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When nasty things hide in the hay – introducing A Meadow Murder by Helen Hollick!

Frequent visitors to my blog will know I am something of a Helen Hollick fan. Partly because no one wears a hat like she does – at least not among my acquaintances. Mostly, it’s because of Jesamiah Acorne, pirate and scoundrel extraordinaire. Plus, there’s her depiction of Harold Godwinson and his sad end that I makes me bawl like a child. And then, more recently, there is Jan Christopher, a young librarian in the south of London who ends up entangled in one murder after the other. The poor girl can’t even go on a vacation without stumbling upon a corpse – which is effectively what happens in Helen’s recent release A Meadow Murder.

In today’s post I’m treating you to both an interview, an excerpt AND a review. But less us start with the essentials – I give you the blurb!

Make hay while the sun shines?

Summer 1972. Young library assistant Jan Christopher and her fiancé, DS Lawrence Walker, are on holiday in North Devon. There are country walks and a day at the races to enjoy, along with Sunday lunch at the village pub, and the hay to help bring in for the neighbouring farmer.

But when a body is found the holiday plans are to change into an investigation of murder, hampered by a resting actor, a woman convinced she’s met a leprechaun and a scarecrow on walkabout…

A Meadow Murder is the fourth tale in the Jan Christopher cosy murder mystery series, the first three being A Mirror Murder, A Mystery of Murder and A Mistake of Murder… see what I (Helen) have done there? Yes, I’ve created a proper puzzle for myself because now every tale in the series will have to follow the same title pattern of ‘A M-something- of Murder’ (Suggestions welcome!)

And now, let’s meet Jan, our intrepid if somewhat unfortunate protagonist. (Because stumbling over bodies isn’t exactly fun)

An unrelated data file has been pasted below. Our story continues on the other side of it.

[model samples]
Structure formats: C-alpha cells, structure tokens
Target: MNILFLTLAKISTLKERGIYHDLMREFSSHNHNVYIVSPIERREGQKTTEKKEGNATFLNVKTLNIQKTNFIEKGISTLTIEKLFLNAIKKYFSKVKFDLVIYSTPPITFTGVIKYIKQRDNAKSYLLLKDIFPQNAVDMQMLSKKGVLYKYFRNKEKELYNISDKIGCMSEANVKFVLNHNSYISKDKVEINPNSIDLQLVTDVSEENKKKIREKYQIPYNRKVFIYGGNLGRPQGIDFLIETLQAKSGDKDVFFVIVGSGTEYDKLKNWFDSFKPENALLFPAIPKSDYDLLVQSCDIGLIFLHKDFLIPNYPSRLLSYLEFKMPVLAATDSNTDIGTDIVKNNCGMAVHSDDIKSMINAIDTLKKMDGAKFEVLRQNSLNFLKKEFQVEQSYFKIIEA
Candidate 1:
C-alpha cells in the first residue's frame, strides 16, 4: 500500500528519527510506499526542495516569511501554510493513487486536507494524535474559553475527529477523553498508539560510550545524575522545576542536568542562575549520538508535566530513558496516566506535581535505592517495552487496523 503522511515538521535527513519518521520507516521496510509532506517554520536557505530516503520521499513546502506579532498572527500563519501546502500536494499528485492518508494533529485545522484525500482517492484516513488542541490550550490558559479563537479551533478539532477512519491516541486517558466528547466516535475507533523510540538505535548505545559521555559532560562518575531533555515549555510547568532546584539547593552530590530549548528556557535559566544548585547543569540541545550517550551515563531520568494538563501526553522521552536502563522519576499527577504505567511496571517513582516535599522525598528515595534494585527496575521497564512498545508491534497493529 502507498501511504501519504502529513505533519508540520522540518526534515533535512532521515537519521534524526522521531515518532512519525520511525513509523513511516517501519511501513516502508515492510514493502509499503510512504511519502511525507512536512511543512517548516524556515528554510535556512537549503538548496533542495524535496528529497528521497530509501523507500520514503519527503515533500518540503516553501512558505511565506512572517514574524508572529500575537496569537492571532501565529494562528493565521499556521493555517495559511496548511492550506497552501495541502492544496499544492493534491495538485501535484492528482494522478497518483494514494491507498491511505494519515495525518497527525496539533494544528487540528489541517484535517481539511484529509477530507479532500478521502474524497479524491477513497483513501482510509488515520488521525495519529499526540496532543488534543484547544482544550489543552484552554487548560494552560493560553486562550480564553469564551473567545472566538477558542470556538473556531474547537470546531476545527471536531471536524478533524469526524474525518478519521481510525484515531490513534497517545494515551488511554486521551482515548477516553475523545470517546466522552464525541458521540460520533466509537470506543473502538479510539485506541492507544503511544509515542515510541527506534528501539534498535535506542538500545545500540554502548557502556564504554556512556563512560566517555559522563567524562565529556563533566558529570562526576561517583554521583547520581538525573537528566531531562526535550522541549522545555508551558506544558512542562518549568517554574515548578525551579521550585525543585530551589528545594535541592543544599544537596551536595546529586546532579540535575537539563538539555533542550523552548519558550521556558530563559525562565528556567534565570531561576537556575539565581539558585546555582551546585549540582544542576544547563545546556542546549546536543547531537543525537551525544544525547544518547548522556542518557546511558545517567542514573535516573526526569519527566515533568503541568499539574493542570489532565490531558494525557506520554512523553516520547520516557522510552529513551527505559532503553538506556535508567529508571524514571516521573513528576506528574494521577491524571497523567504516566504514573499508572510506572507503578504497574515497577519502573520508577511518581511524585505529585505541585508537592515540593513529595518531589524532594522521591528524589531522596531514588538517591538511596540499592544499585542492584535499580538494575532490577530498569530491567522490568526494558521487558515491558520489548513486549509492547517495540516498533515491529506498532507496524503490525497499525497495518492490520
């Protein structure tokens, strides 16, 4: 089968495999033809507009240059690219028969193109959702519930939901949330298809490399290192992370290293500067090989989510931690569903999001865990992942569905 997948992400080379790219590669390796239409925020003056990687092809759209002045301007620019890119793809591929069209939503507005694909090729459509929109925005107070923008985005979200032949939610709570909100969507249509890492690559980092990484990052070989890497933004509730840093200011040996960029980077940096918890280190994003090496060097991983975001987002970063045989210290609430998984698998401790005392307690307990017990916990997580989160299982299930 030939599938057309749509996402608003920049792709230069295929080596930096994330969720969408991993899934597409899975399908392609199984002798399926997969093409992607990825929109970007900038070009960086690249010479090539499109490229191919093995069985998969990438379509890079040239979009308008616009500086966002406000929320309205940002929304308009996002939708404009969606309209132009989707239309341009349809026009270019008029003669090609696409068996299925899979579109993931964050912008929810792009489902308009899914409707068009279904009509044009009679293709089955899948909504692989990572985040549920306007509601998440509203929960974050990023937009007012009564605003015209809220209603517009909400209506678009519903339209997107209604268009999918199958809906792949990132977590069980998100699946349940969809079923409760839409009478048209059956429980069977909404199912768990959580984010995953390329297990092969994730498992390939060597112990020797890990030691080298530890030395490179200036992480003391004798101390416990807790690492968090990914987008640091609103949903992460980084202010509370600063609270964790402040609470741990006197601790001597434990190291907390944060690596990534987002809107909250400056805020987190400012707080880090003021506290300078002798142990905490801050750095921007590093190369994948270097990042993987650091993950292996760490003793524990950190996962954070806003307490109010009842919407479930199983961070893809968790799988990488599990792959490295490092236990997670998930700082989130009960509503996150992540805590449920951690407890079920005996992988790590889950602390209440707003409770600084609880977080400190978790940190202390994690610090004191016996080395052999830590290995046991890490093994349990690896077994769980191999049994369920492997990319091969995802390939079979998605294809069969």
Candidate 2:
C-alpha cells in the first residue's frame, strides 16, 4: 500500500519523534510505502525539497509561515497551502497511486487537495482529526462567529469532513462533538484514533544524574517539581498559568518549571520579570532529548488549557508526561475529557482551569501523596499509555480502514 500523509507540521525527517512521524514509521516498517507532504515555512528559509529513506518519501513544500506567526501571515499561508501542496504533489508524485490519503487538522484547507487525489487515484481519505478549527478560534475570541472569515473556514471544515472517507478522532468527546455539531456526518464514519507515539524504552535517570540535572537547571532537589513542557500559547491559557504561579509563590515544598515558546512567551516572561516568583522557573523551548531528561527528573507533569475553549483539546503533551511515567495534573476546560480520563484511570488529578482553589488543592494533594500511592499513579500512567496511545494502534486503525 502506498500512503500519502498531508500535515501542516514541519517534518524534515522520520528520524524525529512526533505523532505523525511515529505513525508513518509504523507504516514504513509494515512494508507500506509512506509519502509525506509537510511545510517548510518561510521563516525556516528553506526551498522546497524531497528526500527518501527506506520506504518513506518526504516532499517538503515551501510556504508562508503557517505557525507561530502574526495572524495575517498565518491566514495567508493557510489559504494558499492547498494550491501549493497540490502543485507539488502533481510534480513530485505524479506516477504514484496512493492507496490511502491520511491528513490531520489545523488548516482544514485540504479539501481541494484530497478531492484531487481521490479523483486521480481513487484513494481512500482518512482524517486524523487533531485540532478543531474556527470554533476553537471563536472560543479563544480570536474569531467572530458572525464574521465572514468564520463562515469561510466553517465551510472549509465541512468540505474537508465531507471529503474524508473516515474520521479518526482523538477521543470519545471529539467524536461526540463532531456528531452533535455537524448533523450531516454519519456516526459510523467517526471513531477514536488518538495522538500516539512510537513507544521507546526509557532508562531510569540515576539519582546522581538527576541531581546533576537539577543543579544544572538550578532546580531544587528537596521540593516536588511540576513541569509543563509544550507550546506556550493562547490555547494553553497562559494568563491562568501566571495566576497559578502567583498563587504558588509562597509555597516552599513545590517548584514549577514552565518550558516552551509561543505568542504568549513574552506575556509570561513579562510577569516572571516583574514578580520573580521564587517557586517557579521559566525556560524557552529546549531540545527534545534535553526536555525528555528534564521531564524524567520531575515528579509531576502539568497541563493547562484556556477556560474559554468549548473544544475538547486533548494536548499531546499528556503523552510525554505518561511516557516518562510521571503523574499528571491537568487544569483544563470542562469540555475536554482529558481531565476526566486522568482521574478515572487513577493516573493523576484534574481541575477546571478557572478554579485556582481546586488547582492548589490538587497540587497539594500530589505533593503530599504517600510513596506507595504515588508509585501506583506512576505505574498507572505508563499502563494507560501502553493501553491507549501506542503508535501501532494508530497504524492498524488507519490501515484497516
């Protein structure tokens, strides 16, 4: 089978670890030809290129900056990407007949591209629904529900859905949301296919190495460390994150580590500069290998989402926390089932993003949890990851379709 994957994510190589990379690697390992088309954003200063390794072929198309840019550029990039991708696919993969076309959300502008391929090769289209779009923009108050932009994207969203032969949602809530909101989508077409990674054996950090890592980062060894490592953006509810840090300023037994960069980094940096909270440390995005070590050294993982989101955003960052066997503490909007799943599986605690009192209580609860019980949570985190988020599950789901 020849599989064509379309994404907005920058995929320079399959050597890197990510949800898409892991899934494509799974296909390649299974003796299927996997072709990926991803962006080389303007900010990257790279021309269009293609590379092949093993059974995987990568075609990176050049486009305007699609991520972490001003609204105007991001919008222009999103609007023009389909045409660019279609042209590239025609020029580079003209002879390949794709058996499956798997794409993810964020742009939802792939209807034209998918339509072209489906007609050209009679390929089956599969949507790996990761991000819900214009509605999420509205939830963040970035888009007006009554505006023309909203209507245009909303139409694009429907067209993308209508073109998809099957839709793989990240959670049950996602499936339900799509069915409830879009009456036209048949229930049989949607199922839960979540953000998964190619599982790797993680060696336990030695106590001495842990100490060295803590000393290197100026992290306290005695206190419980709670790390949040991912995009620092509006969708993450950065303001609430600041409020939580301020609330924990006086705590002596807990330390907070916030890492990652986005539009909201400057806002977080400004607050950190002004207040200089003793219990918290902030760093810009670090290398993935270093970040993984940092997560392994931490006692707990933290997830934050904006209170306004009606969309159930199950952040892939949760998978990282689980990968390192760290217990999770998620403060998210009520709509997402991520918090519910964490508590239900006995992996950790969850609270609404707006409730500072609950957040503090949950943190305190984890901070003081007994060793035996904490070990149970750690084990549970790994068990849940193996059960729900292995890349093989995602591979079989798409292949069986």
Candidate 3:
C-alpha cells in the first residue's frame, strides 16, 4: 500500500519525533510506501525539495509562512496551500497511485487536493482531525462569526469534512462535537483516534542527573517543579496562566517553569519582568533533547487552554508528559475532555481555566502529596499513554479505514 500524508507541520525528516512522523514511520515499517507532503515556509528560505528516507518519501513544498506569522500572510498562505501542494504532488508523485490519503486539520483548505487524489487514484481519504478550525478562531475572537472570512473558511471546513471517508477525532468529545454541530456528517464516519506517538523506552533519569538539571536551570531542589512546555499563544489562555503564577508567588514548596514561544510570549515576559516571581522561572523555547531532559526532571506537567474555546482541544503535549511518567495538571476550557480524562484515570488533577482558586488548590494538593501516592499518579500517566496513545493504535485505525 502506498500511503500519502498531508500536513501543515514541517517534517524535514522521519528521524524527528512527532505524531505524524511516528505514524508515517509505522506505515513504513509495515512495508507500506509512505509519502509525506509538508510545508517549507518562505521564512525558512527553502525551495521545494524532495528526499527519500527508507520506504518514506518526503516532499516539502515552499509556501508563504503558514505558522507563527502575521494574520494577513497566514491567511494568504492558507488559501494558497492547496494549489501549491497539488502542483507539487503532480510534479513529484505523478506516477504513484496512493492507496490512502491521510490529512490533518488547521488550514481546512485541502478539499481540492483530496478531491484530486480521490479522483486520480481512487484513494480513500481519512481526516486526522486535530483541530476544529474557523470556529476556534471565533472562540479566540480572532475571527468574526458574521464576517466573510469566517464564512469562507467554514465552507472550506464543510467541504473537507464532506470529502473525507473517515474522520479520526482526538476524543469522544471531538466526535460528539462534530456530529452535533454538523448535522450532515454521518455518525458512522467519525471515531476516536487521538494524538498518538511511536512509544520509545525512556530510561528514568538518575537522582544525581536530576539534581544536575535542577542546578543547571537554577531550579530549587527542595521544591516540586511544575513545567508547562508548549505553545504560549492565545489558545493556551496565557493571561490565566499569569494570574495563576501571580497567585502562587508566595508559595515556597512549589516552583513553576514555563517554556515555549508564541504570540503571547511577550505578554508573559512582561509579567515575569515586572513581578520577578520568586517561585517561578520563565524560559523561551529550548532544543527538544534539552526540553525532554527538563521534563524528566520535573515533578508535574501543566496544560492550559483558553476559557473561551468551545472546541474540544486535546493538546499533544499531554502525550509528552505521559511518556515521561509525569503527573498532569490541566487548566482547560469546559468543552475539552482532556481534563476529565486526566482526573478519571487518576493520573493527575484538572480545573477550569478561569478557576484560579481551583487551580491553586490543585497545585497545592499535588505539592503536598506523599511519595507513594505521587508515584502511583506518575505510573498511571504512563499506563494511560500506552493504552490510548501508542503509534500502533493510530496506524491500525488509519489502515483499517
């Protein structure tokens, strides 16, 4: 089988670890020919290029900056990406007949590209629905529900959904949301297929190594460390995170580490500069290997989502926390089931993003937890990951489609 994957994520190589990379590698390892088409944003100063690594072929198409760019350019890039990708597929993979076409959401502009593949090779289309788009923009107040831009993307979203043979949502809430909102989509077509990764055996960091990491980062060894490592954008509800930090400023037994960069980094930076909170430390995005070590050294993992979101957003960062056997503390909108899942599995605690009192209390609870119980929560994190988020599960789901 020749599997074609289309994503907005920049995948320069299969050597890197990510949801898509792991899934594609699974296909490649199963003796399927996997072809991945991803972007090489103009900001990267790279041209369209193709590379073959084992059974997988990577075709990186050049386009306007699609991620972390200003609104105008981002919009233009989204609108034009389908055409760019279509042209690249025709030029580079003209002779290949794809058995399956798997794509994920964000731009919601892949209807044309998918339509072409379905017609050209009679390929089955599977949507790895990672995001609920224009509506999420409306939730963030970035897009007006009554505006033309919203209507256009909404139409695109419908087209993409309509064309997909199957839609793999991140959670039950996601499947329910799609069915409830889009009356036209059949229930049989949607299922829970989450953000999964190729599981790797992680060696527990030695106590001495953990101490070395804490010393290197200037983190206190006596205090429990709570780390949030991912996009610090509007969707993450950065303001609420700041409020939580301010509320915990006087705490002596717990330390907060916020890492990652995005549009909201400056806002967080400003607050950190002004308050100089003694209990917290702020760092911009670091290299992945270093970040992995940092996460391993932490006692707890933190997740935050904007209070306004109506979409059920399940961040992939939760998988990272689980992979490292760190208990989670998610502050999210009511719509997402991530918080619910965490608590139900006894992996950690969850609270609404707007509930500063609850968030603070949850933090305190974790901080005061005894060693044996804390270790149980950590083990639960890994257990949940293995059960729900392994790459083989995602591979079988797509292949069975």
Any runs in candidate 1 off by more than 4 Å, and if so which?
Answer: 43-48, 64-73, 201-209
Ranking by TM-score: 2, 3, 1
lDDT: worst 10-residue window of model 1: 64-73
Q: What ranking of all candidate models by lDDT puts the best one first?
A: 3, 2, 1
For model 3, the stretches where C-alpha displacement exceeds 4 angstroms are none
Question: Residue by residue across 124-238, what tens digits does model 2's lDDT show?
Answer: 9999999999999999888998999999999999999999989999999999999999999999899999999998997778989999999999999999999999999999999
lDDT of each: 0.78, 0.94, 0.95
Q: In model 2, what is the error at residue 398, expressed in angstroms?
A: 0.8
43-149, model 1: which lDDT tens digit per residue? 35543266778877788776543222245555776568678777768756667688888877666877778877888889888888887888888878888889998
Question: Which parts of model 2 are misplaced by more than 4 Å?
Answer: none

Jan Christopher: (a little shyly) Hello. I’ve never done a tour interview before, I hope I don’t mess things up.

 Helen: (smiling encouragingly) Of course you won’t! We’ll just chat about things, like do you enjoy working as a public library assistant in north-east London?

Jan: Oh yes, most of the time, although some members of the public can be a bit cranky. It can be hard work, though – armfuls of books to be put back on the shelves; I reckon I must walk a good few miles each day, so comfortable shoes are a necessity. Of course my time is the 1970s, so things are very different from where you are in the future. I’ve no idea what a mobile phone is, for instance, or Facebook or the Webnet, or whatever it is. Filing information cards in the catalogue drawers by hand takes ages, (I hate filing!) and each book that is loaned out has its own numbered ticket that is slotted inside the borrower’s own ticket – they have to be put in number order in long wooden trays every evening and counted. I’m quite quick at this – nimble fingers!

The library is in the London suburb of Chingford, which has the advantage of being on the border of Essex and boasts Epping Forest, so although we’re officially London, we are also quite green and leafy.

Helen: What’s the best thing about working in a library?

Jan (laughs): Well, if this was a job interview, I’d say something like ‘oh, the chance to meet people and be helpful’ but the real perk is access to all those books! We’re the first to see the new books when they come in, so we get first choice. The hitch is… my staffroom locker is bulging with books I want to read!

I also deliver books to the housebound. Most are elderly people, but I have one disabled lady. I enjoy selecting good books for them, and it is nice to be out and about – although there was one nasty episode, which I would rather not talk about. [Helen: in A Mistake of Murder]

Helen: And one not so good thing?

 Jan: Closing time! You can guarantee that someone will come in five minutes before and beg to be able to choose more books – or the people already there will not hear ‘Closing soon!’. I often have nightmares where people are climbing in through the windows and I’m shouting and shouting ‘We’re closed!’

Helen: Your uncle and your fiancé are policemen, is that right?